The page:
Price per Head Sportsbook: Fired TSA Workers Lead to a Closer Look at the Law

TSA WorkersIn light of recent firings at Pittsburgh International Airport, price per head sportsbooks would like to see if an office pool involving dozens of TSA employees warrants such action.

According to KDKA News: ”Sources confirm TSA employees on the job set up an office betting pool of sorts, employees betting year-round on all of the big sporting events, the Super Bowl, NCAA Final Four, the World Series, the Stanley Cup and more. The TSA says no-one made big money, and there will be no criminal charges filed. However, sources confirm the employees recommended for termination did “make a little money off of the top.”

“TSA sources confirm none of the betting affected any of the security at the airport.
Five employees have been terminated, forty-seven suspended and ten more were given written reprimands.”

The TSA released this statement: “TSA holds all of its employees to the highest standards of conduct and accountability. The agency has taken the appropriate and necessary steps to discipline those involved to include employment terminations, suspensions or letters of reprimand.”

It would be interesting to have a copy of TSA policies regarding employee office pools, because this pay per head writer doesn’t believe it is referred to.

Pennsylvania has been considering certain legalized small scale sports pools, however in February of last year, the state of Pennsylvania passed Act 2 of 2012 which was signed into law by the Governor and made widespread changes to only the ‘Local Option Small Games of Chance Act.’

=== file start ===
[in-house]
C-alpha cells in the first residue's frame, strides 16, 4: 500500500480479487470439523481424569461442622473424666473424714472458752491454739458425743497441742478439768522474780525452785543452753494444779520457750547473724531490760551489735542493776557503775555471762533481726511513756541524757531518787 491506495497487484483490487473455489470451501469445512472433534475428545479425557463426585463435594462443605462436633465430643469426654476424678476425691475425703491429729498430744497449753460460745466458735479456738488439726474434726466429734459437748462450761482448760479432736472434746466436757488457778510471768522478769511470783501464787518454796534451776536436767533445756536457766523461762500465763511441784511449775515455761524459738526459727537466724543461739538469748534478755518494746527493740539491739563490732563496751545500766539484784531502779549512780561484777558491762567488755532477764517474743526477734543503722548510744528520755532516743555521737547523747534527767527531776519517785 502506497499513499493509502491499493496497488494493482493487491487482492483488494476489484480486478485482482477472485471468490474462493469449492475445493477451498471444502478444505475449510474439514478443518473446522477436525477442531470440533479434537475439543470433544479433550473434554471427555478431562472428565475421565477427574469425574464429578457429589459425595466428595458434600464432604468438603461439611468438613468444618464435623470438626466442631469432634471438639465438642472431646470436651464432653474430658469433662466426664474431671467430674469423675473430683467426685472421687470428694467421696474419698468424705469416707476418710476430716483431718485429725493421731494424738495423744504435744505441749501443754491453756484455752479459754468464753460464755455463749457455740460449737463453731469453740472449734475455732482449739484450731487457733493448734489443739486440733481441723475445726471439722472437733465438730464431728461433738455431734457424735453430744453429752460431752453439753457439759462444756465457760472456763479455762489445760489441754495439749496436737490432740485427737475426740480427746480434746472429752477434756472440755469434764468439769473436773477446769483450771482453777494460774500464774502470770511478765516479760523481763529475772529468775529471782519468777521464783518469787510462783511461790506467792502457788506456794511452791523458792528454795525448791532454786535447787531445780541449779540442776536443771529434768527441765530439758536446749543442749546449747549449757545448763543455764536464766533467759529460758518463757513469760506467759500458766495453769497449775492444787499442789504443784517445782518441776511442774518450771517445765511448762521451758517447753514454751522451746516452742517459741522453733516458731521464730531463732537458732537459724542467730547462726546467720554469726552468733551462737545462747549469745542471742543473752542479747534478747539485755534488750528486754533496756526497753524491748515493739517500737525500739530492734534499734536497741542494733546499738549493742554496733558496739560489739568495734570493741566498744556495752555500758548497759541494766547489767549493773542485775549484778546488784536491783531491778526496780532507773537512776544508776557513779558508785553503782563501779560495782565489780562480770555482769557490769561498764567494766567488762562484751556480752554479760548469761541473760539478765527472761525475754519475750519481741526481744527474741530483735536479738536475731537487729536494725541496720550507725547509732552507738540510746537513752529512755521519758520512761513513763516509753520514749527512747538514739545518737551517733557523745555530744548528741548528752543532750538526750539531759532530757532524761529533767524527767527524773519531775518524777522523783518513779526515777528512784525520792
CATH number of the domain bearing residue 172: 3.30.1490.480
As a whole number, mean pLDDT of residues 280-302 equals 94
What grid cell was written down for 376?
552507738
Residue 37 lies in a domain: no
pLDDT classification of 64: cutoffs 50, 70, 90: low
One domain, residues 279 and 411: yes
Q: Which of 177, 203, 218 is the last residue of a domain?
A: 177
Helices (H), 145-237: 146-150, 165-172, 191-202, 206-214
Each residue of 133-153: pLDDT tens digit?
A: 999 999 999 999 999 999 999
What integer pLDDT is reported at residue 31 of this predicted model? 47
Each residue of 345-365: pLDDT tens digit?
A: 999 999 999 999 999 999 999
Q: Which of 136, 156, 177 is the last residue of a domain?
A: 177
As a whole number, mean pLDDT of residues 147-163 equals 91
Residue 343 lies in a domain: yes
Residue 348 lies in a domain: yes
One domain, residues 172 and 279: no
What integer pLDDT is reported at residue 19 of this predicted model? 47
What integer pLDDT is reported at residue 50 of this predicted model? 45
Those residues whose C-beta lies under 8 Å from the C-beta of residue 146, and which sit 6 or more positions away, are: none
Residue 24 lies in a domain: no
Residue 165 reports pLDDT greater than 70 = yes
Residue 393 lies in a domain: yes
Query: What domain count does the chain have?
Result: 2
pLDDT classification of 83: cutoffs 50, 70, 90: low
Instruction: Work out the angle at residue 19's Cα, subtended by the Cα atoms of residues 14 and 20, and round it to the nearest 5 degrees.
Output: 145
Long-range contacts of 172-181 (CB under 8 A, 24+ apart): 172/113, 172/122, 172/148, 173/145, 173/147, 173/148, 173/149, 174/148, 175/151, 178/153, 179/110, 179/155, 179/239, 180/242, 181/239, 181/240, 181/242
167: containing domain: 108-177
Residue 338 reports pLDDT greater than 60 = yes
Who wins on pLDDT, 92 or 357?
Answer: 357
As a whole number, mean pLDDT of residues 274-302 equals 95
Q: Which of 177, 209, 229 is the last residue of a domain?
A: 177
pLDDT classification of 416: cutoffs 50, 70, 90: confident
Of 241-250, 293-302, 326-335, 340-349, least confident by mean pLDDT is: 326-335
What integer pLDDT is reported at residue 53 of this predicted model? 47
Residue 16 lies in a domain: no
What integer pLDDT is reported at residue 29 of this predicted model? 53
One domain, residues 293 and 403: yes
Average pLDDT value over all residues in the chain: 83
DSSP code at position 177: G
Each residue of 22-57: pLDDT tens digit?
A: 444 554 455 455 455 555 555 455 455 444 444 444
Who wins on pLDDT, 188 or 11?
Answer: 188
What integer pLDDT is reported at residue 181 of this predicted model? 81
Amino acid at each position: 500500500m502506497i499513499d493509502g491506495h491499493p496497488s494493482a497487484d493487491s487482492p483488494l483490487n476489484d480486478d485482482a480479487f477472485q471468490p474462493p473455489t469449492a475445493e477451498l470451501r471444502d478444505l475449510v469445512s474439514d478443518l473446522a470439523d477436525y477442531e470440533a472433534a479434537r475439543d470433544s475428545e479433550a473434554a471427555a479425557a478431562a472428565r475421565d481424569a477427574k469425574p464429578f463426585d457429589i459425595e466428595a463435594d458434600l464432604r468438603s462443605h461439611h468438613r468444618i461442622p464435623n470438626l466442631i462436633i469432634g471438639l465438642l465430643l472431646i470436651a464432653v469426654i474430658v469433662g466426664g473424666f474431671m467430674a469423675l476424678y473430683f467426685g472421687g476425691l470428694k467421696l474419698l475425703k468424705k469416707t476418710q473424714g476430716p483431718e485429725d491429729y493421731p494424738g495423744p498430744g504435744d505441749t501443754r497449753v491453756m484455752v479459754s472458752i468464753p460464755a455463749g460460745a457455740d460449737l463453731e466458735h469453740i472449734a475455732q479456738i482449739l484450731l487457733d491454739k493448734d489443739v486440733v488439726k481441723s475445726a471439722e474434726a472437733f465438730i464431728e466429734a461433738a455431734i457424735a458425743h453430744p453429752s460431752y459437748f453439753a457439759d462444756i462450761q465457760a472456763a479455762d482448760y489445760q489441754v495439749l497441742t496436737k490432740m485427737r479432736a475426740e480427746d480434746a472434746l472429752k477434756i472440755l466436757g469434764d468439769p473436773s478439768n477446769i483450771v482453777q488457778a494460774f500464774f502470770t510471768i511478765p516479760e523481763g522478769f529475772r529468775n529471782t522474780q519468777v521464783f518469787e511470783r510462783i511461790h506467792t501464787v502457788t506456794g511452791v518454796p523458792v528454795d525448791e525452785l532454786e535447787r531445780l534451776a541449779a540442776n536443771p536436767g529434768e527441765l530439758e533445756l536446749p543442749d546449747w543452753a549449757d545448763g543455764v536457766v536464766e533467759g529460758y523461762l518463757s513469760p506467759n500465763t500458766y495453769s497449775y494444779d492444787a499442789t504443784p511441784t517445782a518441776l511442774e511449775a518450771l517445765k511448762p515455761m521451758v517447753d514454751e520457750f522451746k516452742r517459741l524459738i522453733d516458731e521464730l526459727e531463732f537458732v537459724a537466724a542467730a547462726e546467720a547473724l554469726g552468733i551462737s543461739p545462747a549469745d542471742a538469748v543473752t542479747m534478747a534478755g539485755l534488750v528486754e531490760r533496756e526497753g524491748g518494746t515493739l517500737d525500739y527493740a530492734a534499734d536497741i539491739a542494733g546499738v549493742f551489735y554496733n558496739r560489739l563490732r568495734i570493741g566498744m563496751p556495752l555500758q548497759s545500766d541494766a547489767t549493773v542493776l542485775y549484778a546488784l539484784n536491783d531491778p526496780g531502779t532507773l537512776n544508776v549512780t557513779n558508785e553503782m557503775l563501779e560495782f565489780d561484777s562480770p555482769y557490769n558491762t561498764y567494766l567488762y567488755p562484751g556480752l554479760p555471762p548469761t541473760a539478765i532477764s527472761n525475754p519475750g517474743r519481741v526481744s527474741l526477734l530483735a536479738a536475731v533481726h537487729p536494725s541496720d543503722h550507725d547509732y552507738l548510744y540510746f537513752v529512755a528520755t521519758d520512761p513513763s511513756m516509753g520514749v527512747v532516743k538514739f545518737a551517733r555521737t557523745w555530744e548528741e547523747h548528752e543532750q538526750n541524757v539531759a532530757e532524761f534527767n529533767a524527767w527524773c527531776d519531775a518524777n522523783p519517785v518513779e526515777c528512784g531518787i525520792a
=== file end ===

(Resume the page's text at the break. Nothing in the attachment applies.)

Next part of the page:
On October 25th, 2012, Act 184 was signed into law which made additional changes. It amended some of the changes in Act 2 and approved an additional “small game of chance.”

Still, no reference to office pools.

State of Arizona has this to say on the matter:’So long as no one takes a cut, everyone that plays on equal terms, all money collected is distributed at the end, and everyone that plays is over 21, office pools fall under the Social Gambling exception to Arizona’s gambling law.’

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That sounds reasonable. There is a Social Gambling provision in many states with minor differences. In fact every state has a clear yes or no policy, except Pennsylvania.

Maybe that states law makers and representatives should get started before the upcoming NCAA basketball season, so no other employees lose their jobs for participating in a rather innocent pool.